"Well structured advice that cuts to the chase"­  - Undergraduate on a NTJ seminar

A very British approach to protesting and recruiting

3rd June 2012

In this week of Jubilee celebrations, I'm witnessing an interesting set of conversations about whatever it means to be "British". For me, a definitive example of what it means to be British happened at the Leveson enquiry, when a British protestor burst into the room and shouted, " Excuse me, this man is a war criminal." What a marvellous phrase to start a revolutionary rallying cry: I can't imagine any other nationality, (except perhaps a Canadian?) launching a protest with an apology in advance for their behaviour. That is what makes me proud to be British in 2012.

Periodically we have national debates bemoaning how rude everyone has become and that we have no time to be polite. These complaints have been with us for millennia and still some core values about respecting one another, taking turns (gold medals for Brits at queueing), saying sorry, holding doors open and above all saying thank you, pass on down the generations to keep us anchored in our busy lives.  Also this week, I've had 2 interesting conversations with a jobseeker and an recruiter about politeness around job interviews.

I spoke to a jobseeker who had made a very strong, focused application to a public sector organisation which had sent a clear message to applicants that if you hadn't heard anything back by a specific deadline, then do not expect to be invited to intervew. The deadline passed this week with silence from the recruiting organisation. As an experienced career changer, my jobseeking friend is resigned to organisations ignoring all the rejected applicants, but he will still ask for feedback. As well as learning from this application, he would like an acknowledgement of the time, interest and care  he put into this organisation.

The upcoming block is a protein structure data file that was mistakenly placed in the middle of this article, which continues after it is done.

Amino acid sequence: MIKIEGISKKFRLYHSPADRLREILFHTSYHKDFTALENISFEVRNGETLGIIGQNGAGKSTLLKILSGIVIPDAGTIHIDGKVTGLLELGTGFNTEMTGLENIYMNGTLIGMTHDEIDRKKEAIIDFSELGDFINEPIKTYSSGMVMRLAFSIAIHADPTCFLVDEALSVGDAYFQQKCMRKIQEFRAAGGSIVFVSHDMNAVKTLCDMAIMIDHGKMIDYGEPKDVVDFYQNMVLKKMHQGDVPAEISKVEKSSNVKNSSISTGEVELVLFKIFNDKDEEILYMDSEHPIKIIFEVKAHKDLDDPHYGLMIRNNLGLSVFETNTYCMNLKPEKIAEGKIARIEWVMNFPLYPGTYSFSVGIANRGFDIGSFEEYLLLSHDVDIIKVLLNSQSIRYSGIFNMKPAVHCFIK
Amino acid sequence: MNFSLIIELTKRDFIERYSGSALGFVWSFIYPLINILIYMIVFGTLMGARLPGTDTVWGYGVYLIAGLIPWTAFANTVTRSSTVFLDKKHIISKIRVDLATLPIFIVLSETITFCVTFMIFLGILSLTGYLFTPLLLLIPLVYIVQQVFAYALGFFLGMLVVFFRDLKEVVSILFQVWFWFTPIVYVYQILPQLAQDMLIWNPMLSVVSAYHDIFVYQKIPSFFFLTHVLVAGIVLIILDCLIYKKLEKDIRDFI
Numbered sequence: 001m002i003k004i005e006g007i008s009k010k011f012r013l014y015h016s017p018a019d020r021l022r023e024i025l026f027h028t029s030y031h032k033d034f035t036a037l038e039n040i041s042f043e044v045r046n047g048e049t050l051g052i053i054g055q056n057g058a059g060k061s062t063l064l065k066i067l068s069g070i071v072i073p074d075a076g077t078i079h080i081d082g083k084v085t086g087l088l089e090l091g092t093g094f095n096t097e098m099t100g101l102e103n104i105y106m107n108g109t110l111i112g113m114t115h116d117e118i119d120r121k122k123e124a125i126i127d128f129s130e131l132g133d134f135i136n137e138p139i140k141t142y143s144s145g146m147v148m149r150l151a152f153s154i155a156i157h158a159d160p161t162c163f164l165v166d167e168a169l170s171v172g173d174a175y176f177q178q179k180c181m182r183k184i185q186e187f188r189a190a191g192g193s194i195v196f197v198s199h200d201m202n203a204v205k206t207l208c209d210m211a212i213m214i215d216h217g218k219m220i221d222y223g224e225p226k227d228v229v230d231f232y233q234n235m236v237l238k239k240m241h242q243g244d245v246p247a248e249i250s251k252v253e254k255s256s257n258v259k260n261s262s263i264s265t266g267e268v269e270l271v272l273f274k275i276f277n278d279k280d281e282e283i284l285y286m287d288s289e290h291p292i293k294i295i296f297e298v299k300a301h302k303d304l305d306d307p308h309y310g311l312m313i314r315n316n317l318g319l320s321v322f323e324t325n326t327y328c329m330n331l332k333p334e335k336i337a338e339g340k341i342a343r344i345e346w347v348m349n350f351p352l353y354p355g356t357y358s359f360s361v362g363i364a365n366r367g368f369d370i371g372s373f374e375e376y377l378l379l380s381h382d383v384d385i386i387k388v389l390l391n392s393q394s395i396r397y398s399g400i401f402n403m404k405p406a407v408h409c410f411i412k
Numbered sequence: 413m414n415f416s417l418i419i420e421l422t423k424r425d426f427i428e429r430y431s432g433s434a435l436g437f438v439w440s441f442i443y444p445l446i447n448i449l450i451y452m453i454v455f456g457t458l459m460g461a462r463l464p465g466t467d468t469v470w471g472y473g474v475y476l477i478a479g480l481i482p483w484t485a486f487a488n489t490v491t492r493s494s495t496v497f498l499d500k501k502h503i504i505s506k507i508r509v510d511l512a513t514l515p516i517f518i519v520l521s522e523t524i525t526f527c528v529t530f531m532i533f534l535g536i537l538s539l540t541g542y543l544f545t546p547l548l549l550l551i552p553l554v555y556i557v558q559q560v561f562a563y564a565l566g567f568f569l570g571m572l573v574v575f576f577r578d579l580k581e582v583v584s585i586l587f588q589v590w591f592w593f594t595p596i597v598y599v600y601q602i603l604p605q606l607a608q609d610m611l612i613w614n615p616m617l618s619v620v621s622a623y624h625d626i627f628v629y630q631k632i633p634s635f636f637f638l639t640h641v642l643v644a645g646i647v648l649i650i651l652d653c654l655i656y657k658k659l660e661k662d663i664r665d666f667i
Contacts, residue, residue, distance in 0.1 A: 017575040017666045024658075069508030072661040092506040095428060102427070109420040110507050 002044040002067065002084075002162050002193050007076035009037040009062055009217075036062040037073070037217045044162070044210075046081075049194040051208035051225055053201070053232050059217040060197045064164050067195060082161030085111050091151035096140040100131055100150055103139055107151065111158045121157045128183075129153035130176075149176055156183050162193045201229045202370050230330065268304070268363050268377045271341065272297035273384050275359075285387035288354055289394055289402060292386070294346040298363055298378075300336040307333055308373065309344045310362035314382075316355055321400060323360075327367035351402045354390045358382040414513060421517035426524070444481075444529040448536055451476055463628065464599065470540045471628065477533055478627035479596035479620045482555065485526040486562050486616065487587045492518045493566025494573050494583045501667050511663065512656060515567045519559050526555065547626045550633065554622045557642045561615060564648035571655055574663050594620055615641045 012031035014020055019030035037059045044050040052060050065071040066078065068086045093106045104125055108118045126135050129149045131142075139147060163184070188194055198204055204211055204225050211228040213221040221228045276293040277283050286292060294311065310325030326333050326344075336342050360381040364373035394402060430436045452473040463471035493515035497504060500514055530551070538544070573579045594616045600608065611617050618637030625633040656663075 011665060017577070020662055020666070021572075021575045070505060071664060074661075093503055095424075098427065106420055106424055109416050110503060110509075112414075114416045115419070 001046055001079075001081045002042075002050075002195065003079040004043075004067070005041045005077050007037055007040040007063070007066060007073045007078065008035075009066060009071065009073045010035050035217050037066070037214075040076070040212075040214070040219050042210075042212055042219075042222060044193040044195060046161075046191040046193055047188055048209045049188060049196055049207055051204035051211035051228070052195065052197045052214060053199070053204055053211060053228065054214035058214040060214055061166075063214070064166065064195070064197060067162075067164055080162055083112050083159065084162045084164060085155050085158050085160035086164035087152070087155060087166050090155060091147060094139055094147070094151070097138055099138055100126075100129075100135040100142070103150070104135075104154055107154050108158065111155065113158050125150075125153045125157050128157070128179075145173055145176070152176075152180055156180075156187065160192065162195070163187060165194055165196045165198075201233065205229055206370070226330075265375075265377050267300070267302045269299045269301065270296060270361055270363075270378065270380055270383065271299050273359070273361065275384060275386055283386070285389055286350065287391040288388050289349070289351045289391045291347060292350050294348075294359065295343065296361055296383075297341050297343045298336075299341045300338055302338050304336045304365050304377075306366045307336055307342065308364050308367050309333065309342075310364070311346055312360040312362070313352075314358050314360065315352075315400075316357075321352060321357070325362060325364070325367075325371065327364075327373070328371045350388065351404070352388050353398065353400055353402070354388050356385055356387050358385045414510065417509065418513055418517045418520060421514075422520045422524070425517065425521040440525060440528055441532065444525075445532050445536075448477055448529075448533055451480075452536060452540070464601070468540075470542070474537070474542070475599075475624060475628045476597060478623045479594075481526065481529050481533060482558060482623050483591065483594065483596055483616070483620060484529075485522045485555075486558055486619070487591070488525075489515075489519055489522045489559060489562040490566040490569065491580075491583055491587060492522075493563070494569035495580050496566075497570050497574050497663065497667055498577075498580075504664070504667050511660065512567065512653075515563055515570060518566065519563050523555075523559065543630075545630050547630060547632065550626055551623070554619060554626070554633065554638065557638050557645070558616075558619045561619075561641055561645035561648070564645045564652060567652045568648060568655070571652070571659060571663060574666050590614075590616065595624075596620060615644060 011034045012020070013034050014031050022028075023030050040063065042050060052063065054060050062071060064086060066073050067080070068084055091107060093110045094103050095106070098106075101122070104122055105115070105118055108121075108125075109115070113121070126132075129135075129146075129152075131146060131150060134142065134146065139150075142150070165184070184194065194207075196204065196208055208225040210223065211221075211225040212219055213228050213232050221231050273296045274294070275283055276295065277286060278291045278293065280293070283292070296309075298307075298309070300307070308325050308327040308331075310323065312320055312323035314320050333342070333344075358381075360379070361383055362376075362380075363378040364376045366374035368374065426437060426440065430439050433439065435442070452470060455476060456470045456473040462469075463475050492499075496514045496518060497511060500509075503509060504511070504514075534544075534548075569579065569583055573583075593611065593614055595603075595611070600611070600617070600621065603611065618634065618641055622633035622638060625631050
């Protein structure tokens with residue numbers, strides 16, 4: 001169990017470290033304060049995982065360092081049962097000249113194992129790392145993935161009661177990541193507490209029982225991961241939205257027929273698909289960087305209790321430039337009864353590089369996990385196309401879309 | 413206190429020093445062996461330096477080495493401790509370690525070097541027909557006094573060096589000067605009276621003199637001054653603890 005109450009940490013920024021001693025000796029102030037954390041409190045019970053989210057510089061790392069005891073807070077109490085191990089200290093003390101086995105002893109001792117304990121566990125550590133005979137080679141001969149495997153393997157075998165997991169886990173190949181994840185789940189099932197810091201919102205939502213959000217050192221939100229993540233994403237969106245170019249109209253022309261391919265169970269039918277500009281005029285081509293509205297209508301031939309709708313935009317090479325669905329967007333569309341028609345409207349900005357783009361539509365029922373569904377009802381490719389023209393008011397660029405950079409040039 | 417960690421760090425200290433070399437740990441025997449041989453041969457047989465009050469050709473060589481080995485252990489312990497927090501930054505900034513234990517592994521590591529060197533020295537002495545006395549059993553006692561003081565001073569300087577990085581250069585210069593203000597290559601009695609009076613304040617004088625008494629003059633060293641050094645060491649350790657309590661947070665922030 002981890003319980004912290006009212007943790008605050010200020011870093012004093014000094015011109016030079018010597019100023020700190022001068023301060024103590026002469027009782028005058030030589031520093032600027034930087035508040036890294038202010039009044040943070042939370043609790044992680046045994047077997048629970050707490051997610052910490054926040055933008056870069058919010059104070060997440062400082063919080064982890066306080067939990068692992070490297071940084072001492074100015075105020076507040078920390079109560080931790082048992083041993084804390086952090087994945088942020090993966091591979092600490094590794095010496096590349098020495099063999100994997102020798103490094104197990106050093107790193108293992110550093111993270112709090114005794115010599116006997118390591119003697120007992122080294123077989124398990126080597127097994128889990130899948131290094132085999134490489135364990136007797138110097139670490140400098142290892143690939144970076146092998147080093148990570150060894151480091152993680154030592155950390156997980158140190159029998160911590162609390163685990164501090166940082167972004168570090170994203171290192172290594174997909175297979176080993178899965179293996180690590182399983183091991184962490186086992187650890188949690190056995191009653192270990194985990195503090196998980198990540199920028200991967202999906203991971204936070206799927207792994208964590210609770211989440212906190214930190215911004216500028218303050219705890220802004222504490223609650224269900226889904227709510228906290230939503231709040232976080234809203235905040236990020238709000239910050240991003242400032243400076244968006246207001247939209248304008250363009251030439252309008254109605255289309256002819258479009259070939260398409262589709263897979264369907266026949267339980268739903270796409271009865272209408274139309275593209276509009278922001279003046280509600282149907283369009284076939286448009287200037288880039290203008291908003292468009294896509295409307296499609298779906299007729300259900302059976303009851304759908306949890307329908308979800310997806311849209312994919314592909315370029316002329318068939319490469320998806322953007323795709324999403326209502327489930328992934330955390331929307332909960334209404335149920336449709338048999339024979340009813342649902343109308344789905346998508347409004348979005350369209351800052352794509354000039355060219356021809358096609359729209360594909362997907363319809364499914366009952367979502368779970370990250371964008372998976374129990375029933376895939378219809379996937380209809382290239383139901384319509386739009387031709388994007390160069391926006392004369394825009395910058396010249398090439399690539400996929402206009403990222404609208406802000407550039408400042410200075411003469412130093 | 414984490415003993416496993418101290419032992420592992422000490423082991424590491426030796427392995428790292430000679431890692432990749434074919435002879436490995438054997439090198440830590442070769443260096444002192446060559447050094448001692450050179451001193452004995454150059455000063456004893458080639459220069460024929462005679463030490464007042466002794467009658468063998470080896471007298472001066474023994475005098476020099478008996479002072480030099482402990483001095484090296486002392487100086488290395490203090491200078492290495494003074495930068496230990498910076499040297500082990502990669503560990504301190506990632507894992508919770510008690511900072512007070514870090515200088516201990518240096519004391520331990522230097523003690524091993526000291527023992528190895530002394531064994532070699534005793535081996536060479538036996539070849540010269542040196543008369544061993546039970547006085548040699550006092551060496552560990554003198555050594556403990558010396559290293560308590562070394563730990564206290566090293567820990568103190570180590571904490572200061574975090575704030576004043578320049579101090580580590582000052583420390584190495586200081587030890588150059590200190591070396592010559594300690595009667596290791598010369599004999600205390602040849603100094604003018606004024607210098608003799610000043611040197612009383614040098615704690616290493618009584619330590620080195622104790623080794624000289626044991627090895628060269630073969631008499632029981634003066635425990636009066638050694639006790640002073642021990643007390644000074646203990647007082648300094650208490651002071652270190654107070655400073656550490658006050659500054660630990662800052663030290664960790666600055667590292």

A rather overwhelmed recruiter also talked about "manners" to me this week. She, being British and therefore instinctively polite, worries about the sheer numbers of applicants she has to reject and how she could possibly manage to give them all feedback. In her experience, only a tiny percentage of failed applicants ask for feedback and she always tries to respond to those requests to help them learn. However, neither she, nor her organisation could possibly find the time to feed back to everyone who applies, especially when they receive very high numbers of poor applications. She would like to be even more polite, but right now, recruiters simply don't have time to feedback to every rejected candidate.

 I always encourage everyone I work with to ask for feedback when the answer is "no". It is a hard message to hear when, like my jobseeking friend, you have  worked hard to match yourself into what the recruiter is looking for. You will be able to hear another viewpoint on your application. You may well not agree with everything. You may choose to use the information to change your next application significantly or just a little bit. Listening to a recruiter explain why you did not quite match up to their expectations will always be give you food for thought. Because the recruiter is British, they will want to offer you something to help your job search and because you are British, you will say ' Thank you for your time and feedback" at the end of the conversation. That's how recruitment works here; use that to your advantage the next time you do not get invited to interview and best of luck with your learning.

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